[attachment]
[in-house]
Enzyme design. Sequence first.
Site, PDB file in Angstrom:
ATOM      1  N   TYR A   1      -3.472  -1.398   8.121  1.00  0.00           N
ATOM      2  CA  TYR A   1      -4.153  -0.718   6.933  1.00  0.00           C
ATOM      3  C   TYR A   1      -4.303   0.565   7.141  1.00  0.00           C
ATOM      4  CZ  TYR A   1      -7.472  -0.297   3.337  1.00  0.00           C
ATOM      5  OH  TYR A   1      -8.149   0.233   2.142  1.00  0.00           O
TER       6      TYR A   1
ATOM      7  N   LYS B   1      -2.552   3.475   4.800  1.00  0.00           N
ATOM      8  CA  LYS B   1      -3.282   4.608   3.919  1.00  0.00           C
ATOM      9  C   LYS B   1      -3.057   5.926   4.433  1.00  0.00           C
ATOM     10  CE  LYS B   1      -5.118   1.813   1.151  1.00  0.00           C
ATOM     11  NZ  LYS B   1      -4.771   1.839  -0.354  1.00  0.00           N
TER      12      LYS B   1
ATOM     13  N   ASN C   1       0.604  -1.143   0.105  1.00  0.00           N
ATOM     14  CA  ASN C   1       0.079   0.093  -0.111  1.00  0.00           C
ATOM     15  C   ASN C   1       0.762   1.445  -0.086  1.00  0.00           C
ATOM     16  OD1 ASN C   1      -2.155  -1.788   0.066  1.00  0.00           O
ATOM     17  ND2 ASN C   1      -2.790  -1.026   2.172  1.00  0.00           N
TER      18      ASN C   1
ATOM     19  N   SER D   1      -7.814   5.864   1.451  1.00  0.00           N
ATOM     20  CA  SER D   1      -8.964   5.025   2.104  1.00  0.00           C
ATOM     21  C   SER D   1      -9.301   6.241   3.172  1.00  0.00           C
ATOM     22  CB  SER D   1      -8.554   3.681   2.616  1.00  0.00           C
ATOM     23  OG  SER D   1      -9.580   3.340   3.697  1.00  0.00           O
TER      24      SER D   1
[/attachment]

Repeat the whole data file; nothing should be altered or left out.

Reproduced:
[in-house]
Enzyme design. Sequence first.
Site, PDB file in Angstrom:
ATOM      1  N   TYR A   1      -3.472  -1.398   8.121  1.00  0.00           N
ATOM      2  CA  TYR A   1      -4.153  -0.718   6.933  1.00  0.00           C
ATOM      3  C   TYR A   1      -4.303   0.565   7.141  1.00  0.00           C
ATOM      4  CZ  TYR A   1      -7.472  -0.297   3.337  1.00  0.00           C
ATOM      5  OH  TYR A   1      -8.149   0.233   2.142  1.00  0.00           O
TER       6      TYR A   1
ATOM      7  N   LYS B   1      -2.552   3.475   4.800  1.00  0.00           N
ATOM      8  CA  LYS B   1      -3.282   4.608   3.919  1.00  0.00           C
ATOM      9  C   LYS B   1      -3.057   5.926   4.433  1.00  0.00           C
ATOM     10  CE  LYS B   1      -5.118   1.813   1.151  1.00  0.00           C
ATOM     11  NZ  LYS B   1      -4.771   1.839  -0.354  1.00  0.00           N
TER      12      LYS B   1
ATOM     13  N   ASN C   1       0.604  -1.143   0.105  1.00  0.00           N
ATOM     14  CA  ASN C   1       0.079   0.093  -0.111  1.00  0.00           C
ATOM     15  C   ASN C   1       0.762   1.445  -0.086  1.00  0.00           C
ATOM     16  OD1 ASN C   1      -2.155  -1.788   0.066  1.00  0.00           O
ATOM     17  ND2 ASN C   1      -2.790  -1.026   2.172  1.00  0.00           N
TER      18      ASN C   1
ATOM     19  N   SER D   1      -7.814   5.864   1.451  1.00  0.00           N
ATOM     20  CA  SER D   1      -8.964   5.025   2.104  1.00  0.00           C
ATOM     21  C   SER D   1      -9.301   6.241   3.172  1.00  0.00           C
ATOM     22  CB  SER D   1      -8.554   3.681   2.616  1.00  0.00           C
ATOM     23  OG  SER D   1      -9.580   3.340   3.697  1.00  0.00           O
TER      24      SER D   1